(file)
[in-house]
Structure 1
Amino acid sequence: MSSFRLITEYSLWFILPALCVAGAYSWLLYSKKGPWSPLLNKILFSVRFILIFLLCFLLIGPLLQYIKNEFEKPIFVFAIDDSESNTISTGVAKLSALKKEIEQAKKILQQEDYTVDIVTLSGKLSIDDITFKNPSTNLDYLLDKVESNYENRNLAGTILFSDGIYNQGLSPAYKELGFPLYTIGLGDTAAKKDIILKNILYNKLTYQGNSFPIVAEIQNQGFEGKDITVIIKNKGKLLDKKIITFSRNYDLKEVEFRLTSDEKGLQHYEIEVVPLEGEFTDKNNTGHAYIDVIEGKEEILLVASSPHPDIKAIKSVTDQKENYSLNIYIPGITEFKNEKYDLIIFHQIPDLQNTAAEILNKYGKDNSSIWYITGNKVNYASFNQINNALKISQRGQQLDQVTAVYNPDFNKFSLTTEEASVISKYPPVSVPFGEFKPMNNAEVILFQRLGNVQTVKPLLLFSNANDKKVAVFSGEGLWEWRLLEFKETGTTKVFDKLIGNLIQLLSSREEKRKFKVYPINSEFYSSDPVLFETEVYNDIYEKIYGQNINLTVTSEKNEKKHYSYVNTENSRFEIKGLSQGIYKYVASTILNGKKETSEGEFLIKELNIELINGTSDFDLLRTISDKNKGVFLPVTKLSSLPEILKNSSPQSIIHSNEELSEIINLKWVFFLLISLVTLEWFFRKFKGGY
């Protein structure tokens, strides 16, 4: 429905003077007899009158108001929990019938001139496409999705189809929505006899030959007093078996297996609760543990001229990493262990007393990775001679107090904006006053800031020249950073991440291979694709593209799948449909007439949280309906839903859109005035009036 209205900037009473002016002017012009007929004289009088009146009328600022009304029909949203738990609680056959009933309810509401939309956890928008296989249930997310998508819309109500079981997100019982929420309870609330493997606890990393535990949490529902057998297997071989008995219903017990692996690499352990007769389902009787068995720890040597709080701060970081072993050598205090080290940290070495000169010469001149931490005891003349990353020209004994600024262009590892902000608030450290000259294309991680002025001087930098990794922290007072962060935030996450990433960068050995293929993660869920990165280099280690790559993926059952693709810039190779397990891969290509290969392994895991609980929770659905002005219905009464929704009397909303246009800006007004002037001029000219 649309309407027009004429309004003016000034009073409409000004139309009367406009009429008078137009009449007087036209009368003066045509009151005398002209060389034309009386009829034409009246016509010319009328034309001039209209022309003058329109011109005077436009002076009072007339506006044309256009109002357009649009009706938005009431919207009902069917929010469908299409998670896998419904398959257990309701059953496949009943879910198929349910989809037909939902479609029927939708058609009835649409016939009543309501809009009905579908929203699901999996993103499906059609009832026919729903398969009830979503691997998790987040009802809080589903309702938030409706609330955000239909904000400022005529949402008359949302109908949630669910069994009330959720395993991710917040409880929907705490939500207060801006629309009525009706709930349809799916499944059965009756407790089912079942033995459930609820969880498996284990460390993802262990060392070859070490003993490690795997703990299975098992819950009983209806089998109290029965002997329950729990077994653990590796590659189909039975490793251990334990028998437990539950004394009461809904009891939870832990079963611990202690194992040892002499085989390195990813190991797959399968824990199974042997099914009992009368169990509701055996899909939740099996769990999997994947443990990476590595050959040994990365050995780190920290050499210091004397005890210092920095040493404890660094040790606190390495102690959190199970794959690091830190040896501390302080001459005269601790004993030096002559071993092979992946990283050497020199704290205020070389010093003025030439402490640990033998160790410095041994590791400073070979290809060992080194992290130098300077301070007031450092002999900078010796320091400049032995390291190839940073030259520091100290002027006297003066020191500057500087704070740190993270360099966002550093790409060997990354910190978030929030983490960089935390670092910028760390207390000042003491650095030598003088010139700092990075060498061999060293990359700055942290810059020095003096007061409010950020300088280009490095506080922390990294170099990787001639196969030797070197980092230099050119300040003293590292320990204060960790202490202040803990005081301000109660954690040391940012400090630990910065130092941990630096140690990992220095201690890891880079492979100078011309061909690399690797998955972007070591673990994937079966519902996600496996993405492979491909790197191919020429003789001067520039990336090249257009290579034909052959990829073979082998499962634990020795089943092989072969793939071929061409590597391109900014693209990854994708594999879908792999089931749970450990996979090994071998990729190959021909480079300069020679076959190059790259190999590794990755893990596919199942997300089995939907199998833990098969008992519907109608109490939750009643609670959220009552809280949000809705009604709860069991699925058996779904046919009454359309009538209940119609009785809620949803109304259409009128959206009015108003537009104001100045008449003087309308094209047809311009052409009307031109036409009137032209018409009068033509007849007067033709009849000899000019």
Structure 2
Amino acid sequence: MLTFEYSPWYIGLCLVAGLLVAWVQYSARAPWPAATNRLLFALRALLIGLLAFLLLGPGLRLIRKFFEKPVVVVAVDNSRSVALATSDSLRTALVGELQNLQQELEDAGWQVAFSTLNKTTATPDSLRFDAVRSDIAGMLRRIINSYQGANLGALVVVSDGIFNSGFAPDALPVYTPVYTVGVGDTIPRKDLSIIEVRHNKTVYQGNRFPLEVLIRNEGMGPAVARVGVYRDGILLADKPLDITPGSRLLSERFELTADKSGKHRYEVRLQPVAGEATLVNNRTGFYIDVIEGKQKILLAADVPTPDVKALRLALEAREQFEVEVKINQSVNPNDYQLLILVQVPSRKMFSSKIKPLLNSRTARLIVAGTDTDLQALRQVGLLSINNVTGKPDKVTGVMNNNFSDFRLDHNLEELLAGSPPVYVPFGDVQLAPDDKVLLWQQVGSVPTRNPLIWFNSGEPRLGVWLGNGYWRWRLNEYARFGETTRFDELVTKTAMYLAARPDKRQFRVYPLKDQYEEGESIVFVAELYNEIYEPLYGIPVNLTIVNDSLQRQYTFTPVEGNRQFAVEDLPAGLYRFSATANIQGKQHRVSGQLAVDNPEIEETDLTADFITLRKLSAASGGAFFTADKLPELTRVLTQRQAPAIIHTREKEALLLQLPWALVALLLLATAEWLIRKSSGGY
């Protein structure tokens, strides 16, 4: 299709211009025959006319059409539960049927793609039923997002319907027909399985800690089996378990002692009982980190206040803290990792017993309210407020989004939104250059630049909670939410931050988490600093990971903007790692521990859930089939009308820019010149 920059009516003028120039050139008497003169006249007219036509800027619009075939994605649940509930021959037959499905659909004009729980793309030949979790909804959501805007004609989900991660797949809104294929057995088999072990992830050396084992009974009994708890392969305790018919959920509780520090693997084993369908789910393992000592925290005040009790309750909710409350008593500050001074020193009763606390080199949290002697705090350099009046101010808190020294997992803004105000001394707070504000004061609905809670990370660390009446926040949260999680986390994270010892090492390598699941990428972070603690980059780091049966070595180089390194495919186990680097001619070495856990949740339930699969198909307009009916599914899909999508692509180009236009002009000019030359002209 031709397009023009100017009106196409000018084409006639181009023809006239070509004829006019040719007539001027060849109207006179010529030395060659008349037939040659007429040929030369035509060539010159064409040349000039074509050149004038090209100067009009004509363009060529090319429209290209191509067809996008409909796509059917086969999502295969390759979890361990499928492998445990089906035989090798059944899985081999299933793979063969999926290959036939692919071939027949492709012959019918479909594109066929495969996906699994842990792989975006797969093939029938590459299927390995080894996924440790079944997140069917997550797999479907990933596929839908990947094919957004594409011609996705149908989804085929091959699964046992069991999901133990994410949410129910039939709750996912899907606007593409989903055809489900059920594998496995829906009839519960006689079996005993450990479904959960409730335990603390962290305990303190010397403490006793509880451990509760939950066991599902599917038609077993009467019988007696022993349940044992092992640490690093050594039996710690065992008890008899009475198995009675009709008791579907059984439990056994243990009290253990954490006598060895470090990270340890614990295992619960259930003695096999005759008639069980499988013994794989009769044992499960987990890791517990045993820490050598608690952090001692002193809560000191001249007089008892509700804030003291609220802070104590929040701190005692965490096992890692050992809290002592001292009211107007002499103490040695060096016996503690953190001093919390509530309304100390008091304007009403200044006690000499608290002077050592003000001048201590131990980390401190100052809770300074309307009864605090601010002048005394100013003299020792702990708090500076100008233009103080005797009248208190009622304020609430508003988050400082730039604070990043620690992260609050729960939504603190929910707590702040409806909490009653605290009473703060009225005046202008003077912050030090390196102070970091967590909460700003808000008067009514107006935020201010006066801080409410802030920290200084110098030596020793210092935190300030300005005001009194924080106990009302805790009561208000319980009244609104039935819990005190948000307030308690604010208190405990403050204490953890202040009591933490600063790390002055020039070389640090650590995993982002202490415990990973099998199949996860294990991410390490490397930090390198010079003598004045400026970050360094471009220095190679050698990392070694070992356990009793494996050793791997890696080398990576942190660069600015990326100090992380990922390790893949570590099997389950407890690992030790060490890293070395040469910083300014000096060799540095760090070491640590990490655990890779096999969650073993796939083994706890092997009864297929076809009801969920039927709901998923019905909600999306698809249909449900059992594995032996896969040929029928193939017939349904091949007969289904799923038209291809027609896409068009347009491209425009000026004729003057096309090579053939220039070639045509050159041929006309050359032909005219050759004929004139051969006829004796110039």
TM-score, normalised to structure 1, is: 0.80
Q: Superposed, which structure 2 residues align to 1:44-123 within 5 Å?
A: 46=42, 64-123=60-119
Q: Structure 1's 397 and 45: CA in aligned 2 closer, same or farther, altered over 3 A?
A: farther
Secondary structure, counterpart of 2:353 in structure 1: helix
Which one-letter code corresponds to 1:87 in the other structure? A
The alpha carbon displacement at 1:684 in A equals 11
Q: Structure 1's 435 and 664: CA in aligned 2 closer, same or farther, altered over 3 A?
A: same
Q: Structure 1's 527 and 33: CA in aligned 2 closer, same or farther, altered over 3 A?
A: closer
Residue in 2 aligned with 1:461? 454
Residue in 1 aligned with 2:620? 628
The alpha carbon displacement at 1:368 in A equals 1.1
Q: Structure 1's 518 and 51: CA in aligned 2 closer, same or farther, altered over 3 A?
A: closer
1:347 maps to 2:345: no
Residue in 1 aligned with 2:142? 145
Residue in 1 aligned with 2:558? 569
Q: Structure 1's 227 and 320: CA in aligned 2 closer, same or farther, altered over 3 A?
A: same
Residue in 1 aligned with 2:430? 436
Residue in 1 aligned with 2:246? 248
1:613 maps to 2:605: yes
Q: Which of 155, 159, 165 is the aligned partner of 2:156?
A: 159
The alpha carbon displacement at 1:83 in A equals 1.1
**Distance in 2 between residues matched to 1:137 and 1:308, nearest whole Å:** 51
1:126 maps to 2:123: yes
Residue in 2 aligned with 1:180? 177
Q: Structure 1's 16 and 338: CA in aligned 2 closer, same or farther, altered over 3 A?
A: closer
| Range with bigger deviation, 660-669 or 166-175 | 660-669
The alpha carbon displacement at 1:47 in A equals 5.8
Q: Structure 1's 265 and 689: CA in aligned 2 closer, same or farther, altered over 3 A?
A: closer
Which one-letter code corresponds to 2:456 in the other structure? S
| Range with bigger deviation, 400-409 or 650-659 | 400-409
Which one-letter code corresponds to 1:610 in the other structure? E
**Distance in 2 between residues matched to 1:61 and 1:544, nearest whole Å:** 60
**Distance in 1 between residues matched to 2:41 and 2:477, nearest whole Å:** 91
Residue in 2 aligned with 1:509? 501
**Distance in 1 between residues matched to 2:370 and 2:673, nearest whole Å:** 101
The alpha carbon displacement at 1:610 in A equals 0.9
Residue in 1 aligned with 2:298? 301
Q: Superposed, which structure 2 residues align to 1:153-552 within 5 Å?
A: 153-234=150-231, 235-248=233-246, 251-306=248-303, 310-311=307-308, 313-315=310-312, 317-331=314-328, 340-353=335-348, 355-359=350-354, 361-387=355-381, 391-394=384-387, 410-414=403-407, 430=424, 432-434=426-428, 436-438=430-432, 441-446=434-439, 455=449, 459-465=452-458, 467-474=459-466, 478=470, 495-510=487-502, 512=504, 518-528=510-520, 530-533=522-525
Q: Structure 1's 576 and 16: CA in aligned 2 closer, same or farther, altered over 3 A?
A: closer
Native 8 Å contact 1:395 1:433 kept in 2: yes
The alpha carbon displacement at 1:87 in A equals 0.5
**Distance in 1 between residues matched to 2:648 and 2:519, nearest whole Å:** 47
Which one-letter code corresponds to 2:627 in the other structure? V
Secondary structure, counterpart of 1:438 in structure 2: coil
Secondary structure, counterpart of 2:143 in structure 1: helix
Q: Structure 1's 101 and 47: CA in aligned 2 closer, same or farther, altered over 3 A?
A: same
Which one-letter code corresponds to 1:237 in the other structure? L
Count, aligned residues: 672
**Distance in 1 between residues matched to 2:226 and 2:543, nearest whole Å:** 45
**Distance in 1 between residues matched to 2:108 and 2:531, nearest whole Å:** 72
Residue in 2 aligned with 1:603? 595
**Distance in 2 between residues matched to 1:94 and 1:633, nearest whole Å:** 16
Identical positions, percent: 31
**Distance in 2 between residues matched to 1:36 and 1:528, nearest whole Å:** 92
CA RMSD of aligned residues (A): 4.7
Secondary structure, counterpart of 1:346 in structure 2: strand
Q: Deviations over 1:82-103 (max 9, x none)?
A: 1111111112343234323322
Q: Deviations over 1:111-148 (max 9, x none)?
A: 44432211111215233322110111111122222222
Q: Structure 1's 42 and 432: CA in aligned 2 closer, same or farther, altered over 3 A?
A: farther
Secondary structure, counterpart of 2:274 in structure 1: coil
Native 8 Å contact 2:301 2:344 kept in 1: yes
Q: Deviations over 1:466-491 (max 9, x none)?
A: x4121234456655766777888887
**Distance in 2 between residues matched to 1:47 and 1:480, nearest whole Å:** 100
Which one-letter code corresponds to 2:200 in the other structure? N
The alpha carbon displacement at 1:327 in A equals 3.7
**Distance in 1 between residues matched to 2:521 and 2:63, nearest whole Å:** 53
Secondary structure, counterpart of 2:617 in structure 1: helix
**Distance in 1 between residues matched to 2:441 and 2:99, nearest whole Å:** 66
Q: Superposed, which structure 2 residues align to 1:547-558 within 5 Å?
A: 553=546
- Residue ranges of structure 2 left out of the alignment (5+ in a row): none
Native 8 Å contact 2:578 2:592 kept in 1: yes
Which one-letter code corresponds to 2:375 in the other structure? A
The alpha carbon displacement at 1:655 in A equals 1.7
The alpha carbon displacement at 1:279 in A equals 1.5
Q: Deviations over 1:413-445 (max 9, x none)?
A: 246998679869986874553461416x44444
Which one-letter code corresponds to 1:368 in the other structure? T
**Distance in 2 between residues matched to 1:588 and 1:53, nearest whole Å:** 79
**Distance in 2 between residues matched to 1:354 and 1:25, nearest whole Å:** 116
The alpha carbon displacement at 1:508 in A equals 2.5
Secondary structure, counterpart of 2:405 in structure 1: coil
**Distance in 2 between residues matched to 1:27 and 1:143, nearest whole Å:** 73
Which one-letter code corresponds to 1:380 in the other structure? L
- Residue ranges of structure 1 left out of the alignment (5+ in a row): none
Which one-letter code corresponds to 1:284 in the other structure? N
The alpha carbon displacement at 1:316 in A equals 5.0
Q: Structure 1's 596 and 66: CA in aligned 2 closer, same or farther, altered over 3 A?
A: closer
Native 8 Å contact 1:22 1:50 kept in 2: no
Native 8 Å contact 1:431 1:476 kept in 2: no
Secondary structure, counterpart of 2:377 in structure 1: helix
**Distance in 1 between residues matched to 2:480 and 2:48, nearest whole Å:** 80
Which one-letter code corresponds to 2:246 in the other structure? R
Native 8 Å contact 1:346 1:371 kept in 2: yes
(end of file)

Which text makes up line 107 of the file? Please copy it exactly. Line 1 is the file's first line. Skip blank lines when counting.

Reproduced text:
Which one-letter code corresponds to 1:380 in the other structure? L